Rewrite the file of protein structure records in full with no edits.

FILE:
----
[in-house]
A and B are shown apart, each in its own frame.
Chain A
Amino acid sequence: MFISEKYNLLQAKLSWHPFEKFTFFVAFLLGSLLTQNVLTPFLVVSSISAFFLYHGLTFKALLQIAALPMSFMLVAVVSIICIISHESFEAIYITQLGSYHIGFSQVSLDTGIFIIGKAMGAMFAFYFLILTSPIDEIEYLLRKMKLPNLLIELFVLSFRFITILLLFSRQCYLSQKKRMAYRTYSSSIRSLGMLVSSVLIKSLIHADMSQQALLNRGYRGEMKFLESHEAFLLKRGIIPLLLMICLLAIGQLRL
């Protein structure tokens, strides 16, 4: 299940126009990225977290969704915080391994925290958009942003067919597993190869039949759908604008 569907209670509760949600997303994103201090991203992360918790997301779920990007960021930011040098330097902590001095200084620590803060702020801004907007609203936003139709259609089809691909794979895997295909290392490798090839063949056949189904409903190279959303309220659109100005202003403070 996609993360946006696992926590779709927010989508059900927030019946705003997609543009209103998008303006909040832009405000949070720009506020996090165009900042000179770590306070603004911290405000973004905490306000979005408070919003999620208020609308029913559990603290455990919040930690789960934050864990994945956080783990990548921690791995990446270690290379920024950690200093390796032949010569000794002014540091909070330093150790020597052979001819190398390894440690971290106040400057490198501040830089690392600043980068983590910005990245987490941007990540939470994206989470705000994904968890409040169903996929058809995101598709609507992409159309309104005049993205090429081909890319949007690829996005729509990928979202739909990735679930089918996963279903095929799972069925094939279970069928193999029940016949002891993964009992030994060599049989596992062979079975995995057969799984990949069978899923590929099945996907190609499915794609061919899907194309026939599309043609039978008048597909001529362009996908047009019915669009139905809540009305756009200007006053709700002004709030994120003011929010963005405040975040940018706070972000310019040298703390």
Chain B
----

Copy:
[in-house]
A and B are shown apart, each in its own frame.
Chain A
Amino acid sequence: MFISEKYNLLQAKLSWHPFEKFTFFVAFLLGSLLTQNVLTPFLVVSSISAFFLYHGLTFKALLQIAALPMSFMLVAVVSIICIISHESFEAIYITQLGSYHIGFSQVSLDTGIFIIGKAMGAMFAFYFLILTSPIDEIEYLLRKMKLPNLLIELFVLSFRFITILLLFSRQCYLSQKKRMAYRTYSSSIRSLGMLVSSVLIKSLIHADMSQQALLNRGYRGEMKFLESHEAFLLKRGIIPLLLMICLLAIGQLRL
């Protein structure tokens, strides 16, 4: 299940126009990225977290969704915080391994925290958009942003067919597993190869039949759908604008 569907209670509760949600997303994103201090991203992360918790997301779920990007960021930011040098330097902590001095200084620590803060702020801004907007609203936003139709259609089809691909794979895997295909290392490798090839063949056949189904409903190279959303309220659109100005202003403070 996609993360946006696992926590779709927010989508059900927030019946705003997609543009209103998008303006909040832009405000949070720009506020996090165009900042000179770590306070603004911290405000973004905490306000979005408070919003999620208020609308029913559990603290455990919040930690789960934050864990994945956080783990990548921690791995990446270690290379920024950690200093390796032949010569000794002014540091909070330093150790020597052979001819190398390894440690971290106040400057490198501040830089690392600043980068983590910005990245987490941007990540939470994206989470705000994904968890409040169903996929058809995101598709609507992409159309309104005049993205090429081909890319949007690829996005729509990928979202739909990735679930089918996963279903095929799972069925094939279970069928193999029940016949002891993964009992030994060599049989596992062979079975995995057969799984990949069978899923590929099945996907190609499915794609061919899907194309026939599309043609039978008048597909001529362009996908047009019915669009139905809540009305756009200007006053709700002004709030994120003011929010963005405040975040940018706070972000310019040298703390």
Chain B